Worldwide there are approximately 3,000 merchant ports and the work of the Harbour Master can vary widely from country to country and from port to port even within the same country.
Prime Minister welcomes largest ever EIB port investment in Greece
Expanding principal port in Greece will create jobs and support growth nationwide
Scheme to expand and upgrade cruise, container and car terminal, develop new port logistics centre and improve infrastructure and equipment of the ship repair zone
In mid-November the European Investment Bank (EIB) formally agreed to provide €140 million to support expansion and upgrading of the Port of Piraeus, the principal port of Greece. The largest ever loan for port investment in the country by Europe’s long-term lending institution, will support the implementation of part of investments at the Port of Piraeus in a total investment plan of more than €600 million.
The 20-year loan was signed in Athens in the presence of Prime Minister of Greece Kyriakos Mitsotakis, Chinese President Xi Jinping and Xu Lirong, Chairman of COSCO Shipping Corporation, by Andrew McDowell, European Investment Bank Vice President, the Chairman of Piraeus Port Authority SA Yu Zenggang and Athanasios Liagkos, Board Member of the Piraeus Port Authority SA
Prime Minister Kyriakos Mitsotakis said: ‘Greece welcomes the European Investment Bank’s support for transformation at the Port of Piraeus. The EIB has been supporting strategic infrastructure across Greece for more than 50 years and has unique technical and financial expertise financing leading ports across Europe and worldwide.’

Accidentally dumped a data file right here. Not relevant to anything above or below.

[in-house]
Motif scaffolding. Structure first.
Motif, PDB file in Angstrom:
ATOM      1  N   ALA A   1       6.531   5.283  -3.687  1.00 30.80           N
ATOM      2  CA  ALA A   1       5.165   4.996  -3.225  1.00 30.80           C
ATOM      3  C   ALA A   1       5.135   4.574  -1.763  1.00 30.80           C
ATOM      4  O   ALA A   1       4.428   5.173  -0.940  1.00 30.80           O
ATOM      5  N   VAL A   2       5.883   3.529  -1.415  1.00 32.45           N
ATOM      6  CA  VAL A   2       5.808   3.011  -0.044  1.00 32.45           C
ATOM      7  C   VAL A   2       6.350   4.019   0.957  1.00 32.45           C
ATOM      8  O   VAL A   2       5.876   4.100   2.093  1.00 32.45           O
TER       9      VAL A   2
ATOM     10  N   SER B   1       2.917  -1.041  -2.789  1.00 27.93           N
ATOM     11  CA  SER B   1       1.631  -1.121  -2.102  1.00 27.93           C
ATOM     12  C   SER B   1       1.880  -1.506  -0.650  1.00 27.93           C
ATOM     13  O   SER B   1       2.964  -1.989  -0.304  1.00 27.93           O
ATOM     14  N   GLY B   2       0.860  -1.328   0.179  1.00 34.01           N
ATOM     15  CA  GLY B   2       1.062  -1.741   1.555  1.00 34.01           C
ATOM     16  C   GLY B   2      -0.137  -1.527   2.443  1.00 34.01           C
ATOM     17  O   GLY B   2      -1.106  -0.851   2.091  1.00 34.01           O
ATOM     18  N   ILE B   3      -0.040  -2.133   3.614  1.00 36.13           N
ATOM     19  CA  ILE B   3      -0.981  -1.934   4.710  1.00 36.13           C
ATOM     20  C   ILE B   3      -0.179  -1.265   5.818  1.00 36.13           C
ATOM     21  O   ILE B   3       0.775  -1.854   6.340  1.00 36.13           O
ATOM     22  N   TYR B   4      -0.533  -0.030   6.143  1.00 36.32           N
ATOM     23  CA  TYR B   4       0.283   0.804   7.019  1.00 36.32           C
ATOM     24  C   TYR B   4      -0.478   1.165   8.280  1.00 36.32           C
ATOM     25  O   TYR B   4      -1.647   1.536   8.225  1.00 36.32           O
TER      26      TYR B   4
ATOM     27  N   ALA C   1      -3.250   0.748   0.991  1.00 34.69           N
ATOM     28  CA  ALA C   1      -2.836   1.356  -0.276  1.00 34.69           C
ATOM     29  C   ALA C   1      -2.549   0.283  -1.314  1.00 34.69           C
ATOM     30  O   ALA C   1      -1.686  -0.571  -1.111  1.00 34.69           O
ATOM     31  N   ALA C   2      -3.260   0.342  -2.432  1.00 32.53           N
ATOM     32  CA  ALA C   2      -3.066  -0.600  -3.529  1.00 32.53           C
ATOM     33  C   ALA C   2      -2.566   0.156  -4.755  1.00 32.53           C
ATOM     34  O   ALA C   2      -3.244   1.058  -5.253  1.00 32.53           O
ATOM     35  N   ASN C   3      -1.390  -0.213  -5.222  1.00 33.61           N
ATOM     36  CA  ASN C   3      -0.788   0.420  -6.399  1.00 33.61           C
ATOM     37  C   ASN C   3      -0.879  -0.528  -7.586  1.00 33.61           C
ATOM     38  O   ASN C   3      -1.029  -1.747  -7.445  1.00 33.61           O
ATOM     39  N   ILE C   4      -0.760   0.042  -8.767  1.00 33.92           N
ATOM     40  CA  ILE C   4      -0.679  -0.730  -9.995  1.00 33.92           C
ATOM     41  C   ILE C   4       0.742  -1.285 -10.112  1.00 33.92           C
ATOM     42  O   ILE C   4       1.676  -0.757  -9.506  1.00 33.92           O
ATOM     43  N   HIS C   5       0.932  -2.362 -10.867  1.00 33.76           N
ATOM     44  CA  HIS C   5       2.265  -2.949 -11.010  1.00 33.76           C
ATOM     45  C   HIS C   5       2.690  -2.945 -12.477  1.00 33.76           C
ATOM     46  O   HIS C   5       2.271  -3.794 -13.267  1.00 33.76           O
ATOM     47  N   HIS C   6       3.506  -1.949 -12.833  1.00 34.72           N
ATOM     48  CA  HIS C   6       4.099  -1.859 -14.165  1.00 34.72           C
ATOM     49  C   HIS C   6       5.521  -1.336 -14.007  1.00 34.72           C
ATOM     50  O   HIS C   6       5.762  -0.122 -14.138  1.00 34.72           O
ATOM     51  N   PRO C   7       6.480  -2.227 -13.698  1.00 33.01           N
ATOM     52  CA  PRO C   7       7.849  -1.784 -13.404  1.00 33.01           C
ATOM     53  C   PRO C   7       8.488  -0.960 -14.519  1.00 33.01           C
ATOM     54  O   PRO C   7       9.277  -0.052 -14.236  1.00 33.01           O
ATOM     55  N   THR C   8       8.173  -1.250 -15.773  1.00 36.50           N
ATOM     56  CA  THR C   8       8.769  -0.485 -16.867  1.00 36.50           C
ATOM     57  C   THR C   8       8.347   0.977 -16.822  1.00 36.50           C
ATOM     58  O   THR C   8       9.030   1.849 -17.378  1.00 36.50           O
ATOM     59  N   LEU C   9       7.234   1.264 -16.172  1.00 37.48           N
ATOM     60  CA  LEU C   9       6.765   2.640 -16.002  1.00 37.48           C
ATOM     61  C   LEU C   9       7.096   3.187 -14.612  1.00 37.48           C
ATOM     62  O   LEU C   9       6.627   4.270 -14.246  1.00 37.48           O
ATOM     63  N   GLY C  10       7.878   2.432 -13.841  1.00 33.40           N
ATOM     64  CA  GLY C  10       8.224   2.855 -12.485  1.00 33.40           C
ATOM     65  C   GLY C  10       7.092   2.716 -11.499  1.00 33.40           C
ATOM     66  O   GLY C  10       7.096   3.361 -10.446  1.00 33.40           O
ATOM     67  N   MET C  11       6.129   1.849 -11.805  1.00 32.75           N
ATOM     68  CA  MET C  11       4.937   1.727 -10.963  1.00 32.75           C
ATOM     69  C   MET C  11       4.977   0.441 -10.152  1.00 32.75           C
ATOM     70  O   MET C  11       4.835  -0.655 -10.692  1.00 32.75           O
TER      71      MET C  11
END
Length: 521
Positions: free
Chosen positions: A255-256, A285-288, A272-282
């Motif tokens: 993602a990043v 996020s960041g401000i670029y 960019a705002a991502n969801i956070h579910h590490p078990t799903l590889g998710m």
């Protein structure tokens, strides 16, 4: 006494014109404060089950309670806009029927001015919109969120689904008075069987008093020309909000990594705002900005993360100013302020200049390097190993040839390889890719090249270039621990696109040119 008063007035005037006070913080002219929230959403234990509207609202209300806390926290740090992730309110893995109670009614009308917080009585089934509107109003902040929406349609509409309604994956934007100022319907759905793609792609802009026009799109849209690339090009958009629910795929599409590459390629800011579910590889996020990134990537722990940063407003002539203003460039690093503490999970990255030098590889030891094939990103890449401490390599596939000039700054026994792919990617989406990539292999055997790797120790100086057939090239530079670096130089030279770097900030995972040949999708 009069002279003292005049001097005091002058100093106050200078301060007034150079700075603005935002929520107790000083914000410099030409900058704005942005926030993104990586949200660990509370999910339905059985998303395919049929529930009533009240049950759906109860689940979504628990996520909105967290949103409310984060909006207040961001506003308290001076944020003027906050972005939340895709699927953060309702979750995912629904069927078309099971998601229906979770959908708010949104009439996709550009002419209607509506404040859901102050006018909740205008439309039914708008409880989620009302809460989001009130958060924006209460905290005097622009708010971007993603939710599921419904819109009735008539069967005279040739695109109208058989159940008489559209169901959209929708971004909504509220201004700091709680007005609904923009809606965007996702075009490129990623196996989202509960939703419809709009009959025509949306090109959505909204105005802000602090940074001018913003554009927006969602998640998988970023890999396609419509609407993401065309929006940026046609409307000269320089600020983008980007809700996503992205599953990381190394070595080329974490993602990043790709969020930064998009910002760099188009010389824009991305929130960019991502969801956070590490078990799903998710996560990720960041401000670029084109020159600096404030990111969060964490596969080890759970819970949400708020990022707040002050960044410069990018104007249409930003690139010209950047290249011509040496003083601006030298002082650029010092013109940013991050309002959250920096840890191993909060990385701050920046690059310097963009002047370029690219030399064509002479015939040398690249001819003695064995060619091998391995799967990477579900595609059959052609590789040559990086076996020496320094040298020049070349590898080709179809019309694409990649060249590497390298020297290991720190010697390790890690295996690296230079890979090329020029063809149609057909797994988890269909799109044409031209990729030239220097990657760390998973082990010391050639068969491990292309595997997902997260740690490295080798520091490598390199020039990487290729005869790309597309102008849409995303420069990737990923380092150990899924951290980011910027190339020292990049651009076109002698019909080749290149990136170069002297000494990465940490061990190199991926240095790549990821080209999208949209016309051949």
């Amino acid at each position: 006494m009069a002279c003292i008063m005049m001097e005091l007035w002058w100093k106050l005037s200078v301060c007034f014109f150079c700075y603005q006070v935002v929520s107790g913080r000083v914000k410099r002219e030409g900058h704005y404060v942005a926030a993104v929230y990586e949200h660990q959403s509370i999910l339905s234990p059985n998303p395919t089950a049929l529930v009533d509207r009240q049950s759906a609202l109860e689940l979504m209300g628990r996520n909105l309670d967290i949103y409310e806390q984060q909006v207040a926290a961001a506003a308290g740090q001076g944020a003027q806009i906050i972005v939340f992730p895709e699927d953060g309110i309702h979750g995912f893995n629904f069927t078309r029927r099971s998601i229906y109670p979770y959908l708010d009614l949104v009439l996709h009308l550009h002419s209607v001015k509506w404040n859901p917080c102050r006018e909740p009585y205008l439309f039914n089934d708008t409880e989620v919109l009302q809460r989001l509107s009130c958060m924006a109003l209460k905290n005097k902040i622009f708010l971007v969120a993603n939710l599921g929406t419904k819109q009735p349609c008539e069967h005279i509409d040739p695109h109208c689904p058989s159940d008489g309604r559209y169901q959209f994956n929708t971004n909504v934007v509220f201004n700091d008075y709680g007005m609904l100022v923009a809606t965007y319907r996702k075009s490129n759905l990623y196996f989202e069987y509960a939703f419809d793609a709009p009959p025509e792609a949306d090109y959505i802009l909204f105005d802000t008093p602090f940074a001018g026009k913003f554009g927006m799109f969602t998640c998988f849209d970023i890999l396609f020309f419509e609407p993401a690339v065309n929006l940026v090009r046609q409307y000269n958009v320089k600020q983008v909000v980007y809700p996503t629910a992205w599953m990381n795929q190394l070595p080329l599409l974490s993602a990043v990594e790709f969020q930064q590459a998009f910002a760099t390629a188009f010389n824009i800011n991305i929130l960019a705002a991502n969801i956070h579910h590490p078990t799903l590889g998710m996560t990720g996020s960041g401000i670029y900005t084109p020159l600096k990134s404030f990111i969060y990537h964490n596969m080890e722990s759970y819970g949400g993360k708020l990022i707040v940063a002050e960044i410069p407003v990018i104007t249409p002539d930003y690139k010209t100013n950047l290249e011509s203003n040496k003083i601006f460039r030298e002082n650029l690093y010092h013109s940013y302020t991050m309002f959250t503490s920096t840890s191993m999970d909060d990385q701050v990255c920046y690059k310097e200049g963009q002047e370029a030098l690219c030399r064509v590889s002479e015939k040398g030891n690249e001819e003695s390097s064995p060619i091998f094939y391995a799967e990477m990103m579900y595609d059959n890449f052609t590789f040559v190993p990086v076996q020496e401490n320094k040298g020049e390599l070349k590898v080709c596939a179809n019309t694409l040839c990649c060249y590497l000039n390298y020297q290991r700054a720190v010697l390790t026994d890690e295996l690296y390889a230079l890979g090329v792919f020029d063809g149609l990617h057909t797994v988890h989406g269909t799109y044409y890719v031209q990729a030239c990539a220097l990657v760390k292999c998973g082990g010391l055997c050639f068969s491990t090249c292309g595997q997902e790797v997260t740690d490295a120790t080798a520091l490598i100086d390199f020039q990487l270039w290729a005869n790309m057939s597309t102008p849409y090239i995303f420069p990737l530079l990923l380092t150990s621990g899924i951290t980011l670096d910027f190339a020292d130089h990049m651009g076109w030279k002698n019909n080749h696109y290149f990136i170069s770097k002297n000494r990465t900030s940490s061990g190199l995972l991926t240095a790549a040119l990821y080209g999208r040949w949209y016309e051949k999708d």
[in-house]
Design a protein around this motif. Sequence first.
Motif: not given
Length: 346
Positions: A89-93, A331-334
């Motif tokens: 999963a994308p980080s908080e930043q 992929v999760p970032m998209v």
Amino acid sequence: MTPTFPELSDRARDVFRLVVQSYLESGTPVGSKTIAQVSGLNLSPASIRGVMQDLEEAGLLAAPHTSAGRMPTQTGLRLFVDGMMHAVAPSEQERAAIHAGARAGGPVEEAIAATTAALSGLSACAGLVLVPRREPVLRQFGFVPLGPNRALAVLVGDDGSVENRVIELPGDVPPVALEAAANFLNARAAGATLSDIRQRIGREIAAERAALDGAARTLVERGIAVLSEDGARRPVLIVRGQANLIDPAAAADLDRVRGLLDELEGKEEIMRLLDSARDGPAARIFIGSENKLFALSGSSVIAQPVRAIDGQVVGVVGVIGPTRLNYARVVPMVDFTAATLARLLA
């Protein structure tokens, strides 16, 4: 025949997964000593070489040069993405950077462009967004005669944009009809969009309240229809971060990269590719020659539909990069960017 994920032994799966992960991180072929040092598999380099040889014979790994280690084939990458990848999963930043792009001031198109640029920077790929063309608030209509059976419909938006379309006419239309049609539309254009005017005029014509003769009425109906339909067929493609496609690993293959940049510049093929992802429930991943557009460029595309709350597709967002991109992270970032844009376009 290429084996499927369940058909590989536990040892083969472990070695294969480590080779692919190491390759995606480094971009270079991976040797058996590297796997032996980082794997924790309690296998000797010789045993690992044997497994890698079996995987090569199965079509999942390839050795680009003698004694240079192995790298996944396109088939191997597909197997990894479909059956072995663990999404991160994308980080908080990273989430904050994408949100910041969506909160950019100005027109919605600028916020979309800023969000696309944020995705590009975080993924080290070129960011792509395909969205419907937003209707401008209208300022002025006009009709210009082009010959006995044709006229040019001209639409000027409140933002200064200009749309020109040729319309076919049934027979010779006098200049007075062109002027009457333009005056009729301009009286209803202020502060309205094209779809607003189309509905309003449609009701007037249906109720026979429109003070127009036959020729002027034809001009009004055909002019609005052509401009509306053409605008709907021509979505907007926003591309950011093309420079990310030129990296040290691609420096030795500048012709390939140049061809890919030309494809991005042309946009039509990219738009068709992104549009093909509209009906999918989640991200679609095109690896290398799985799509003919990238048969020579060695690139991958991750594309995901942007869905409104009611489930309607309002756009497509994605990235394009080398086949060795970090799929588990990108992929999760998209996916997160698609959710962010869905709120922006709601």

Andrew McDowell, European Investment Bank Vice President added: ‘Redevelopment of the Port of Piraeus will strengthen connections between Greece and the rest of the world and ensure that Greece benefits from a world-class maritime logistics hub. The European Investment Bank is pleased to provide a 20-year long-term loan for the principal maritime hub of Greece and the leading port in the Mediterranean. EIB support reflects the economic benefits to be unlocked in the coming years and the importance of ensuring competitive transport links for Greece and South Eastern Europe.’
In the words of Yu Zenggang, Chairman of Piraeus Port Authority SA: ‘Recent investment has shown how investment at the Port of Piraeus can support economic growth and benefit Greece. Confirmation of the European Investment Bank’s support follows detailed due diligence and reflects the broad benefits to be unlocked by the largest investment programme in the history of the Port of Piraeus.’
The first €100 million tranche of the EIB loan was signed on 11 November and the remainder agreed as project construction progresses.
The EIB loan is guaranteed by the Export–Import Bank of China, and the guarantee facility contract between PPA and CEXIM was also signed the same day in the presence of CEXIM Chairwoman Ms HU Xiaolian and Mr Athanasios Liagkos from PPA.
Improving communications for millions of people across Europe